Staying Healthy During the Cold and Flu Season

December 4, 2018

 

During the winter months, when we spend more time indoors, exposure to cold and influenza viruses is common.  Viruses are present all year but heighten in winter when cold air keeps them stable, and low humidity allows them to remain in the air.  Close contact with others, busy schedules and stress are contributing factors to the efficacy of our immune system.  Maintaining good hygiene by washing our hands often, eating a nutritious diet, staying hydrated, and getting regular exercise can help us prevent viral infections. 

 

If we do find ourselves with a cold or the flu, there are many natural things we can do to promote recovery. Essential oils offer a natural way to fight colds and ‘flu and have been used for centuries to fight infection and strengthen the immune system. Direct inhalation is the most direct way to obtain therapeutic benefits from essential oils: using a diffuser or room spray are the fastest ways to distribute essential oil molecules into the room where their healing benefits are inhaled.  Another excellent inhalation method is the nasal inhaler, which can be carried with you and used 3-6 times day. 

 

Here are some excellent options for helping prevent or recover from a cold or flu infection:

Clove Bud (Syzygium aromaticum) – Useful for bronchitis, colds and flu due to its potent antiviral and expectorant properties.  Use only in low dilution: .5% or less as it may cause skin irritation. 
(Not for the bath, children under 5, and is contraindication with certain medications.)

 

Eucalyptus (Eucalyptus radiata) – Especially useful for respiratory ailments and fever complaints, this essential oil is helpful with bronchitis, catarrh, colds, coughs, flu, sinusitis and throat infections. 
 (Not to be taken internally, not for use in the bath, and not for children under 5.)

 

Lavender (Lavandula angustifolia) – Regarded as the most therapeutically versatile essence, Lavender is very relaxing to the nervous system and can help with a headache and insomnia.  It is also useful for bronchitis, catarrh, laryngitis, throat infections, whooping cough and the flu.  Lavender is an excellent choice for use in the bath.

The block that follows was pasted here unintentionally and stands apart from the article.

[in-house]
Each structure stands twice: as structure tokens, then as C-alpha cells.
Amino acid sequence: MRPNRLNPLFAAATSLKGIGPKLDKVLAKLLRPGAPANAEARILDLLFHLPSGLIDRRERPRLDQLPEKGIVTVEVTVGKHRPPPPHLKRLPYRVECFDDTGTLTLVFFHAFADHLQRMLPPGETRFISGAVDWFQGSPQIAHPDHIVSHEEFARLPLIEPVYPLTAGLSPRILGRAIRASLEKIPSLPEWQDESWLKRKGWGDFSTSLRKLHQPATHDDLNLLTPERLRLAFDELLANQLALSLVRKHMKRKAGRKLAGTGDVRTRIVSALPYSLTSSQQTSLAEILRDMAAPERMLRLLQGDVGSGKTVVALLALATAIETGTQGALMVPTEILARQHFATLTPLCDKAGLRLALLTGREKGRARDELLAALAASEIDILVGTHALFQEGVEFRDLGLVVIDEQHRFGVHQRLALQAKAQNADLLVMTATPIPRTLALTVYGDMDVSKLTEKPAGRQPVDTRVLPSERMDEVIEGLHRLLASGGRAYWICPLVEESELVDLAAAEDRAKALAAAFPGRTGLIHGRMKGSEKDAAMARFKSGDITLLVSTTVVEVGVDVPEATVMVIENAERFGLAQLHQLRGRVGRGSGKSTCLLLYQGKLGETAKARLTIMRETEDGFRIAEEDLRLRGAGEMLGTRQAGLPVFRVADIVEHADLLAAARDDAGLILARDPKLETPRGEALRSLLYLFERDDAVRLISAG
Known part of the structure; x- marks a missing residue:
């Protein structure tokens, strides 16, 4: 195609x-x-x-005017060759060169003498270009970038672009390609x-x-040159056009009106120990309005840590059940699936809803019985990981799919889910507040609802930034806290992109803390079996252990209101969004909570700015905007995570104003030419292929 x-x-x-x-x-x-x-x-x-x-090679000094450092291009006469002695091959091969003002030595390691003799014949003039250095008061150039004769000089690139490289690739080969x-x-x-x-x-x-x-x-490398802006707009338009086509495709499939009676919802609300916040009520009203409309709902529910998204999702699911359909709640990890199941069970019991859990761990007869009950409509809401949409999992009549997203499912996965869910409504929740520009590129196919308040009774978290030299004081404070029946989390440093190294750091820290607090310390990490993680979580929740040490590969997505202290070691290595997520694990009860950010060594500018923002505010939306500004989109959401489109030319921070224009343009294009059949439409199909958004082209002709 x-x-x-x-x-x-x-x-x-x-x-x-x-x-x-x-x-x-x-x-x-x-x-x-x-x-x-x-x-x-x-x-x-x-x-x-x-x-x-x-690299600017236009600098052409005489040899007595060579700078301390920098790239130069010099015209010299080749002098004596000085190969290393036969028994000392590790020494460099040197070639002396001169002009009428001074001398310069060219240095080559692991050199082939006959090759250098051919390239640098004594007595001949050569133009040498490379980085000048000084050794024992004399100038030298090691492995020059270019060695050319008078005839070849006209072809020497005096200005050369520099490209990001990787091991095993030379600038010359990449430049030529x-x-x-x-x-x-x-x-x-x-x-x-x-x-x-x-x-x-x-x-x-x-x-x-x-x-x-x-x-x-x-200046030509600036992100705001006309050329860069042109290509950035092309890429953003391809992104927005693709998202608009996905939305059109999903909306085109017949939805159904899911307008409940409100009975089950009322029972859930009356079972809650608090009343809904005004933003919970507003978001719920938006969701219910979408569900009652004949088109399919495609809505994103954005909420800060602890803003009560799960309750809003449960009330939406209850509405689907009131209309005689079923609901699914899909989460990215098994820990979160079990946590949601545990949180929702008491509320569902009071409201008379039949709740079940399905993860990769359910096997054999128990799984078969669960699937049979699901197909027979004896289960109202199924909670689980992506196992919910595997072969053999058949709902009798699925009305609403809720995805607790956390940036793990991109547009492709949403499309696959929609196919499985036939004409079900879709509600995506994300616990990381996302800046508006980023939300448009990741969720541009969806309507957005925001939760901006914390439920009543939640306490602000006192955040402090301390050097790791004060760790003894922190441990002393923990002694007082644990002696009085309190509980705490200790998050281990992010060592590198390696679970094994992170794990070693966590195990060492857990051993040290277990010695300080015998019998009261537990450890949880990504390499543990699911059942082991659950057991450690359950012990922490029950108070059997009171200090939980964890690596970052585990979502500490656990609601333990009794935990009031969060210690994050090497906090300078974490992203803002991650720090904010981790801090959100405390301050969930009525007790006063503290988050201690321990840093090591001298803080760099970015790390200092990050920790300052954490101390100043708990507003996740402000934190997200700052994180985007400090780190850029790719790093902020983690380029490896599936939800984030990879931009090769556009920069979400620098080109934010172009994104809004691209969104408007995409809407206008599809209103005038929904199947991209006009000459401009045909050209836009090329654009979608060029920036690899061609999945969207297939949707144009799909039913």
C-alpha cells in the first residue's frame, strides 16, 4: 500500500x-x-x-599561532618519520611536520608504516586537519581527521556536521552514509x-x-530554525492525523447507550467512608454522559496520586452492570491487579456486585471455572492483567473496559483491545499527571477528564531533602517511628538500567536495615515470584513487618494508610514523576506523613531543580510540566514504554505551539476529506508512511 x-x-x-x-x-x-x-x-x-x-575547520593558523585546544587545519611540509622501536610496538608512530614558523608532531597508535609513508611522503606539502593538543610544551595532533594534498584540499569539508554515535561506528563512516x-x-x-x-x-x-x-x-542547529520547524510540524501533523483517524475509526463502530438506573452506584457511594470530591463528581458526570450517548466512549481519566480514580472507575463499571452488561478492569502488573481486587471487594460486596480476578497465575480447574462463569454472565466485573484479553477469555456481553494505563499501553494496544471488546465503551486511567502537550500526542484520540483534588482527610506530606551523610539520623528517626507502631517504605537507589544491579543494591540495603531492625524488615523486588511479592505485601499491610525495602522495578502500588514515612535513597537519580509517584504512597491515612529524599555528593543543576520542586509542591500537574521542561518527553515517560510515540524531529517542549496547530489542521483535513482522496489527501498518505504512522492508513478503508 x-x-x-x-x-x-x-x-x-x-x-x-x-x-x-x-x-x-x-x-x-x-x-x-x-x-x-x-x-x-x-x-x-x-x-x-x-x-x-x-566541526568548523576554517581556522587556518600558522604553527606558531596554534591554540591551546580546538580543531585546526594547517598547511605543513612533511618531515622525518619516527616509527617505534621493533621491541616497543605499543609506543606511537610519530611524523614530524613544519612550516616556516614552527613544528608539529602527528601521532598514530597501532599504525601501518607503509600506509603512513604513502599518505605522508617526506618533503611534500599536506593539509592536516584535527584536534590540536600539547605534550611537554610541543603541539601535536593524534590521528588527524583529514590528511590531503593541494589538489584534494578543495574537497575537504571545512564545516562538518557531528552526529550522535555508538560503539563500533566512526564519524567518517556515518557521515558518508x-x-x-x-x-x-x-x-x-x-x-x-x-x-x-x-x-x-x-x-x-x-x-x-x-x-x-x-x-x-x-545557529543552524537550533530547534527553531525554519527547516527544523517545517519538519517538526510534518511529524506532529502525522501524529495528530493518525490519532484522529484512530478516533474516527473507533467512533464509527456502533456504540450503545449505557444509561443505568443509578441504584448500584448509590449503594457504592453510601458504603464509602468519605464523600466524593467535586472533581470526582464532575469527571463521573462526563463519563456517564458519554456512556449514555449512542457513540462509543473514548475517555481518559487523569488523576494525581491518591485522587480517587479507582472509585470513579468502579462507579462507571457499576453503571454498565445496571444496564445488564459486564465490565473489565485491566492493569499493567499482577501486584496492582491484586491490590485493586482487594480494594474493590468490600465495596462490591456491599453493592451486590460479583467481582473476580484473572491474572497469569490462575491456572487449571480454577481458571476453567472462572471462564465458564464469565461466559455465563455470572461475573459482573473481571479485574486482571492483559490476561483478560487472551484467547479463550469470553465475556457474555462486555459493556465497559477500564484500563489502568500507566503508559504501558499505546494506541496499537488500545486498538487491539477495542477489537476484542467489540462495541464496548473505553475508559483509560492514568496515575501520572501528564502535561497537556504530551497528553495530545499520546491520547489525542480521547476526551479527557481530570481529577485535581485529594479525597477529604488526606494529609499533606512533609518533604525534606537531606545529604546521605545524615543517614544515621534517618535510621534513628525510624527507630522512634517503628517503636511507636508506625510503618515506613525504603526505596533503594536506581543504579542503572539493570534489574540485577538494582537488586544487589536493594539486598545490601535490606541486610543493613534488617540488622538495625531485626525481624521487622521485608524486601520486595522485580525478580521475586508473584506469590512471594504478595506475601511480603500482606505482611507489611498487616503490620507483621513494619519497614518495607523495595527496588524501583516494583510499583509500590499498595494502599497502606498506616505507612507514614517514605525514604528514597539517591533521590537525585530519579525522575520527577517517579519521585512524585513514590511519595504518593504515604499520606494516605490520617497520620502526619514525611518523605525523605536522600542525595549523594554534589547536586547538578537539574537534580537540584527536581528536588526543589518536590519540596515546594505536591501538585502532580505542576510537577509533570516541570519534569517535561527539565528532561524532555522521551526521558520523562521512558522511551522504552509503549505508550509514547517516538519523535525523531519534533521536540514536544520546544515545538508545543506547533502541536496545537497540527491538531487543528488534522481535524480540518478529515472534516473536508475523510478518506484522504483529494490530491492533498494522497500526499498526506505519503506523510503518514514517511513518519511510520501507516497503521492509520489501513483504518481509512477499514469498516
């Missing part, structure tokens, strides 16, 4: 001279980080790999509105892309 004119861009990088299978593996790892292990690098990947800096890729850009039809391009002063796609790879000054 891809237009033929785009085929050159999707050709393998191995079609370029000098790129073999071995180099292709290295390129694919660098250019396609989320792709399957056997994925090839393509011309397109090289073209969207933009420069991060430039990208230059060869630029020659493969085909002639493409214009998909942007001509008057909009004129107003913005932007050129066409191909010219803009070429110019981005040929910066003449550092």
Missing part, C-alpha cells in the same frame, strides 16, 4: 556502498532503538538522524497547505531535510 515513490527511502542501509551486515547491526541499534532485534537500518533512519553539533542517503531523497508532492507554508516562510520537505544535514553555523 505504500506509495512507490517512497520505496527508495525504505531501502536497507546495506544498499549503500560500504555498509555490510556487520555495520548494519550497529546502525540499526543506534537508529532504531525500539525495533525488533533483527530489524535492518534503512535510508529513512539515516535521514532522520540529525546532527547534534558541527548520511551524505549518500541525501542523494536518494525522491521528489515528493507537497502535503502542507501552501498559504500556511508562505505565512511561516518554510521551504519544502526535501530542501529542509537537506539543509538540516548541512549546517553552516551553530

Peppermint (Mentha piperita) – A familiar aroma to many, Peppermint has anti-inflammatory, antiviral, expectorant, and febrifuge properties.  It is helpful for asthma, bronchitis, fevers, flu, sinusitis, spasmodic cough, and provides relief from head colds. (Not for use in the bath, not for children under 5, contraindicated for use with certain medications, not for sensitive skin:  dermal maximum 5.5%.)

 

Ravensara Leaf (Ravensara aromatica) – Traditionally referred to as the “oil that heals,” Ravensara helps with colds, congestion, flu, sinusitis, throat and lung infections, whooping cough and viral infections. A maximum 1% dilution is recommended for dermal application, because of the high level of estragole. Can be used in the bath in low dilution.
 

Tea Tree (Melaleuca alternifolia) – A potent immune stimulant, Tea Tree has anti-infectious, antiviral, bactericidal, and expectorant properties.  This oil is useful for asthma, bronchitis, catarrh, coughs, sinusitis, whooping cough, colds, ‘flu and fever.  Can be used in the bath. 
 

Thyme (Thymus vulgaris var. linalol) – One of the earliest medicinal plants used in the Mediterranean region, Thyme helps to reduce asthma, bronchitis, cough, catarrh, laryngitis, sinusitis, sore throat, tonsillitis, chills, colds, and ‘flu.  (Not for use in the bath, contraindicated with certain medications, not for sensitive skin: dermal maximum 1.3%.)
 

Essential oils may also be used topically with carrier oils to achieve their benefits.  Always look at the specific precautions and perform a skin test first to check for sensitivity and dilute as recommended.